Former president Mary McAleese did not use "the language of public debate" when she strongly criticised the upcoming papal synod on the family, Catholic Archbishop of Dublin Diarmuid Martin has said.
In the first public response by a bishop to her controversial remarks this week, Dr Martin took issue with her description as "completely bonkers" Pope Francis's plan to ask "150 male celibates" to review the church's teaching on marriage and family life.
Asked whether he agreed with her comments, the archbishop said: "I don't. I will be at the synod. I have been at other synods. There will be lots of married people at the synod. The bishops are the formal delegates but there will be lots of married people there.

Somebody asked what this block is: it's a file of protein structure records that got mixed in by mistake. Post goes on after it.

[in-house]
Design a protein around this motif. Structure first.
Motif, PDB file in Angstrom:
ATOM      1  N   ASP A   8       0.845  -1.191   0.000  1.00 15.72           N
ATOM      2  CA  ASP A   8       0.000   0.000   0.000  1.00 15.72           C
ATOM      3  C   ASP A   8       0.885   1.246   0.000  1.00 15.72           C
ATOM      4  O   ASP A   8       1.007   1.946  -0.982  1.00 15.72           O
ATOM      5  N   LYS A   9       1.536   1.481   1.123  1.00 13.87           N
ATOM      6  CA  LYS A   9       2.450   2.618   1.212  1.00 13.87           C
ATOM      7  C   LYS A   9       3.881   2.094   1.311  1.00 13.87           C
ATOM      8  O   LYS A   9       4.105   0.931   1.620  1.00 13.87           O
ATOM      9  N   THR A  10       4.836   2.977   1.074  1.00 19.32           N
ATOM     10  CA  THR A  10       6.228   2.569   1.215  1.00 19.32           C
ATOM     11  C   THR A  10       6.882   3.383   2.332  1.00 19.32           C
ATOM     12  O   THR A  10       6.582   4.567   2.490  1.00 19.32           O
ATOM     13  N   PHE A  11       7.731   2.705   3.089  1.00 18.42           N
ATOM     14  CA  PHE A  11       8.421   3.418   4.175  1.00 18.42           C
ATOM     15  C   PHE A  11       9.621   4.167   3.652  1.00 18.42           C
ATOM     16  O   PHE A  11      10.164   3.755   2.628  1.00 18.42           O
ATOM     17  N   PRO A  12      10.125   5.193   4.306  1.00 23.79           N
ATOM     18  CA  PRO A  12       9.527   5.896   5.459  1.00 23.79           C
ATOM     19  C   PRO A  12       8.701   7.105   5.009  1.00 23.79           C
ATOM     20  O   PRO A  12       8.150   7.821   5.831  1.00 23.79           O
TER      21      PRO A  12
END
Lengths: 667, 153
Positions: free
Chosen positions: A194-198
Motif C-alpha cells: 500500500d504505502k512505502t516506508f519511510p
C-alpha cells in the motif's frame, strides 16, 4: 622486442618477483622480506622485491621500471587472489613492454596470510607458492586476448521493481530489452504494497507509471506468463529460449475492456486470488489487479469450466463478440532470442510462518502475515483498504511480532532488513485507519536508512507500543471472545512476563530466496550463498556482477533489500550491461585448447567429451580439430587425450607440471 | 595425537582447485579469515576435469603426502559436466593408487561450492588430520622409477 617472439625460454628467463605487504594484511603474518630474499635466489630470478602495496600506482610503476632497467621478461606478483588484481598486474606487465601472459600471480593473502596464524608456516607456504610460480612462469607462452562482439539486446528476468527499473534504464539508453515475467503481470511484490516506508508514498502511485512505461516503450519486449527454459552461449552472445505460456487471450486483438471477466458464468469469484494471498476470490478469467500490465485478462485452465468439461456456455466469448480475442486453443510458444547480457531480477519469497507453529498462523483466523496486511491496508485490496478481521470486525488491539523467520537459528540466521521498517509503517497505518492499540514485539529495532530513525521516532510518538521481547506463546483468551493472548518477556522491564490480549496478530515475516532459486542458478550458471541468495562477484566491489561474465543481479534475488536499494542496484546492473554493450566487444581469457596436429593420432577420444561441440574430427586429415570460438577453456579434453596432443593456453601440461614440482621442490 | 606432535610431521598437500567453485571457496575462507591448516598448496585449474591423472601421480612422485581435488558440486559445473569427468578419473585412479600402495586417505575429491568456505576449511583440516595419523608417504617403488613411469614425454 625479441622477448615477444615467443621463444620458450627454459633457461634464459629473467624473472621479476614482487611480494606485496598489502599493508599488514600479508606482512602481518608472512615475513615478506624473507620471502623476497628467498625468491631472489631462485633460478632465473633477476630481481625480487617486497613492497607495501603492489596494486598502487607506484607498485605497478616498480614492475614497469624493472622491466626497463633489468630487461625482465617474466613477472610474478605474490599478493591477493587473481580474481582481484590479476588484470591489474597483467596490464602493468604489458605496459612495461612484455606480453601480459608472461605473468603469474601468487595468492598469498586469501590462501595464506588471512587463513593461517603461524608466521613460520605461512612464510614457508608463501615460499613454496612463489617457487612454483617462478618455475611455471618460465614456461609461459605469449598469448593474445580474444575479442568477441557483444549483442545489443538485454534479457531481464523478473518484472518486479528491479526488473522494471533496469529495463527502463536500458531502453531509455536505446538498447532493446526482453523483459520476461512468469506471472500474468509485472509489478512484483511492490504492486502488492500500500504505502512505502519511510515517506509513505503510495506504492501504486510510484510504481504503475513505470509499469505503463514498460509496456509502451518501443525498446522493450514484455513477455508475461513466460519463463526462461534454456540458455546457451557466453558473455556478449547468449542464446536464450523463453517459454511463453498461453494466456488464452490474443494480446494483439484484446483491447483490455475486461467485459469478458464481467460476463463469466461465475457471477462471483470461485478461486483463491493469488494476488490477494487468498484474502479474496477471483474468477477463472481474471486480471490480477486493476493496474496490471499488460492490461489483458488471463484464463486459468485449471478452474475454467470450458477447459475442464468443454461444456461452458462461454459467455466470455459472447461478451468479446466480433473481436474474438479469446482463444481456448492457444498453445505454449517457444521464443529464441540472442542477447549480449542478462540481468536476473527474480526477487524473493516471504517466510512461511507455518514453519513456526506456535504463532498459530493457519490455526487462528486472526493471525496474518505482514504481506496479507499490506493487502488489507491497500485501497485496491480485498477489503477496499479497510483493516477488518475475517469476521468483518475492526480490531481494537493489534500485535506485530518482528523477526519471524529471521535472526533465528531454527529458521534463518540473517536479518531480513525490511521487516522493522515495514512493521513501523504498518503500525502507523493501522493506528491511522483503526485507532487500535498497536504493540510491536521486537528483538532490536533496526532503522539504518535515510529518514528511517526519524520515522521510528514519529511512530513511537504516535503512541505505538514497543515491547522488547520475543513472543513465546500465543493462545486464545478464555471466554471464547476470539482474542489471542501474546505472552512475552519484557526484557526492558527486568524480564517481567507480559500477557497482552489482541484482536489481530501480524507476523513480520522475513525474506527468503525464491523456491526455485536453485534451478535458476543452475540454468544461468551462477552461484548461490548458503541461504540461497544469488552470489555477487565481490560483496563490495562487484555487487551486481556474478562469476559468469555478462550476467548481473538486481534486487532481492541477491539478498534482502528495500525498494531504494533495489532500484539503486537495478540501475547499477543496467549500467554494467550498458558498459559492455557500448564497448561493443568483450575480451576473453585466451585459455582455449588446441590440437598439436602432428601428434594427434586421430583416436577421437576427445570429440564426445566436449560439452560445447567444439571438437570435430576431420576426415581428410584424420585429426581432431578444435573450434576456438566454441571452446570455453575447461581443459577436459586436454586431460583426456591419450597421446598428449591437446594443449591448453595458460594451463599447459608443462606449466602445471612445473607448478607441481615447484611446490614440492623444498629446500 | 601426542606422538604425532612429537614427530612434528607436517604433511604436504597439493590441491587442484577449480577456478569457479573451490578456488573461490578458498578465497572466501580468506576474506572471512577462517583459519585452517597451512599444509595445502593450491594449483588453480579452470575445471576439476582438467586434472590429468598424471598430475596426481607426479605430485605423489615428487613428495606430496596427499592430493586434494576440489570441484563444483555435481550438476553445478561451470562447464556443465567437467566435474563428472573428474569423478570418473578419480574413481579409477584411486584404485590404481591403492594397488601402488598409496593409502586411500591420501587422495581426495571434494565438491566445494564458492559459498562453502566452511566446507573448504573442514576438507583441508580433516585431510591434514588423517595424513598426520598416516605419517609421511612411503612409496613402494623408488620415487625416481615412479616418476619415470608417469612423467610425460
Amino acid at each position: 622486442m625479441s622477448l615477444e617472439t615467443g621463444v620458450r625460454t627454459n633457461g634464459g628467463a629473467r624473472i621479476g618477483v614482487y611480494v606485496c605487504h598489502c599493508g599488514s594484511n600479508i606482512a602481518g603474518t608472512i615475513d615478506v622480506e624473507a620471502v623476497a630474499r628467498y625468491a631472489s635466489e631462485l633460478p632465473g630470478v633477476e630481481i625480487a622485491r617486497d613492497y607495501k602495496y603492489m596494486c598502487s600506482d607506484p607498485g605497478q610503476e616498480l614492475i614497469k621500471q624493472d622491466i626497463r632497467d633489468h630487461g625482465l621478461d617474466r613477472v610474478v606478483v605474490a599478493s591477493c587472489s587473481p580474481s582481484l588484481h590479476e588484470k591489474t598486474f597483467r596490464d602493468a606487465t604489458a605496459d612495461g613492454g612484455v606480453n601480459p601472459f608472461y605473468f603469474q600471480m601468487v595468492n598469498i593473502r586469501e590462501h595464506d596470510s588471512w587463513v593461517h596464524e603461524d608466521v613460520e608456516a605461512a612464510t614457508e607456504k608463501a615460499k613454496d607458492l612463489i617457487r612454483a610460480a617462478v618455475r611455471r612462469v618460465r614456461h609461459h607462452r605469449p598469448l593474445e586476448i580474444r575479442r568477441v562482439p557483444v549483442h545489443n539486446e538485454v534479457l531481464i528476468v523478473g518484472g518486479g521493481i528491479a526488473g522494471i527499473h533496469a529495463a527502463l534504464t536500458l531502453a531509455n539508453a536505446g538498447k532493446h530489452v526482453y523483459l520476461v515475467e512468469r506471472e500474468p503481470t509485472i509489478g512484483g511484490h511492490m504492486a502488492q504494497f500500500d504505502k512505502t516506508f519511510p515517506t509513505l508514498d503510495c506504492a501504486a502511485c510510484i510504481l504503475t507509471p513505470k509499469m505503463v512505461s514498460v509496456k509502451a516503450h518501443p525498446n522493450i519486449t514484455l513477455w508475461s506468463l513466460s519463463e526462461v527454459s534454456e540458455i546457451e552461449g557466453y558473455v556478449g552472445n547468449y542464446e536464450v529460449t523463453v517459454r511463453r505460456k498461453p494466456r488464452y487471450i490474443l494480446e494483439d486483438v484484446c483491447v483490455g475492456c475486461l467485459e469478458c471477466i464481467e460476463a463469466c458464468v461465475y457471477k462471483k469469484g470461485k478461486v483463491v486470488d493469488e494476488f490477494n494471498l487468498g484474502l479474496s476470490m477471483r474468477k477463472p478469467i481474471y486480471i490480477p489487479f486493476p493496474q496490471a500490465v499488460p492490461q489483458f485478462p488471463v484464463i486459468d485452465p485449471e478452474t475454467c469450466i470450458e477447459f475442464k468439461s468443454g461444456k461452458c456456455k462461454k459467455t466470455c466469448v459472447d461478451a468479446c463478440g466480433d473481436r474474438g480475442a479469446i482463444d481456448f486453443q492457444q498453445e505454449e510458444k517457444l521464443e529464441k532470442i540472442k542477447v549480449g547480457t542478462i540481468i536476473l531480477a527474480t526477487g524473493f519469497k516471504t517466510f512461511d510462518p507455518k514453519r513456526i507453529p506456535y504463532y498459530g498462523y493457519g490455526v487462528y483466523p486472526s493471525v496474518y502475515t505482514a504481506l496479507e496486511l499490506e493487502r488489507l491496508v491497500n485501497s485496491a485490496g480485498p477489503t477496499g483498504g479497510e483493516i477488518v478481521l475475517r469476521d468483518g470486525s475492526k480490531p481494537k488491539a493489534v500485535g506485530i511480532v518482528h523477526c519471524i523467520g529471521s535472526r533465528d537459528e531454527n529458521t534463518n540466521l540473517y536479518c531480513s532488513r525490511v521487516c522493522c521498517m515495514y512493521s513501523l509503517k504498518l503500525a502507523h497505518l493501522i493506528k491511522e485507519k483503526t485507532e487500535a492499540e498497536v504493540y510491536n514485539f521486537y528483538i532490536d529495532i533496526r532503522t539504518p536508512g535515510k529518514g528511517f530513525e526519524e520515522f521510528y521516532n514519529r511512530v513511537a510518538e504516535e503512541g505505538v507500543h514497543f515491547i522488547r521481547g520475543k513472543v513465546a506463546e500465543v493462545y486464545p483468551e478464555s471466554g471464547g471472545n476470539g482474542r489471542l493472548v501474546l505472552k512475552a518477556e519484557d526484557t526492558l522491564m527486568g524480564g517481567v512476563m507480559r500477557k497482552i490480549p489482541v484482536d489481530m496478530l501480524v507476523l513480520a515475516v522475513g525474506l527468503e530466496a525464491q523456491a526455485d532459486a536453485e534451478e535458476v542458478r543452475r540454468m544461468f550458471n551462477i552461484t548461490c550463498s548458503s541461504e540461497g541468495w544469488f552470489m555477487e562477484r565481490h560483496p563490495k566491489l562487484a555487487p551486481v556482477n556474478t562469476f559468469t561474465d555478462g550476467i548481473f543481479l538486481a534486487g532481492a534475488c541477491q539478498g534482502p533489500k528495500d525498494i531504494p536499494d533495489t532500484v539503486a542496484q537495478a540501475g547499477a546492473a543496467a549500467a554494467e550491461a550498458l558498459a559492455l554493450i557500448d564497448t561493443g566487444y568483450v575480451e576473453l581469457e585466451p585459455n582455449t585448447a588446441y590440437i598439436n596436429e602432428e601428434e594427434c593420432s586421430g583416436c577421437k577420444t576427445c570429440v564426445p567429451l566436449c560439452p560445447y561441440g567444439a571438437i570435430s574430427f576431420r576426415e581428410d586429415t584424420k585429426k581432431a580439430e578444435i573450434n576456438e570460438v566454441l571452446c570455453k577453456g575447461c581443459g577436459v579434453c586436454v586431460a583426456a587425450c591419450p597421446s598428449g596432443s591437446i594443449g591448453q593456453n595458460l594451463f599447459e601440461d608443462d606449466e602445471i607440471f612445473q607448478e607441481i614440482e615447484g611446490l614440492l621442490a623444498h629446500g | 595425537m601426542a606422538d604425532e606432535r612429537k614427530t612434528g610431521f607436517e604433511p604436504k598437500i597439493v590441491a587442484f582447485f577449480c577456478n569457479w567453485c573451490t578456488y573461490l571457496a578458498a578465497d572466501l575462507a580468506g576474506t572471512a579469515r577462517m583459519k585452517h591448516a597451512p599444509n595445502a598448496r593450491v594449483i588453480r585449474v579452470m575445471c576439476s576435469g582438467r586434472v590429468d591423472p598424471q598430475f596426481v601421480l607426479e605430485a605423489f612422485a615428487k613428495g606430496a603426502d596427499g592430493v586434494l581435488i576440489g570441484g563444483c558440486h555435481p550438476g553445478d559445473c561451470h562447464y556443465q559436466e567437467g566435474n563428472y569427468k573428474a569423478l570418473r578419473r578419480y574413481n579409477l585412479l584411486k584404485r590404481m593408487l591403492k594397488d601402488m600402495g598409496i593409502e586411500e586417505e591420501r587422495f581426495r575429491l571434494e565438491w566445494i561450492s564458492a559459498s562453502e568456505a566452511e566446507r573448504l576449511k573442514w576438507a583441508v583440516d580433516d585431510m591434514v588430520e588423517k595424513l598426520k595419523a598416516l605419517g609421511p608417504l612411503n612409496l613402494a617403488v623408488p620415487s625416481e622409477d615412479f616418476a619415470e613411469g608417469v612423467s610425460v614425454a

"The language isn't the language of public debate but I know and respect Mary McAleese very much."
The archbishop was speaking to The Irish Times at the formal announcement of a new multifaith teacher training school at DCU. The event was also attended by Dr Martin McAleese, the chancellor of DCU, and the husband of the former president.
In a public interview at UCD on Monday, Ms McAleese said there was "just something profoundly wrong and skewed" about the nature of church consultation of the family.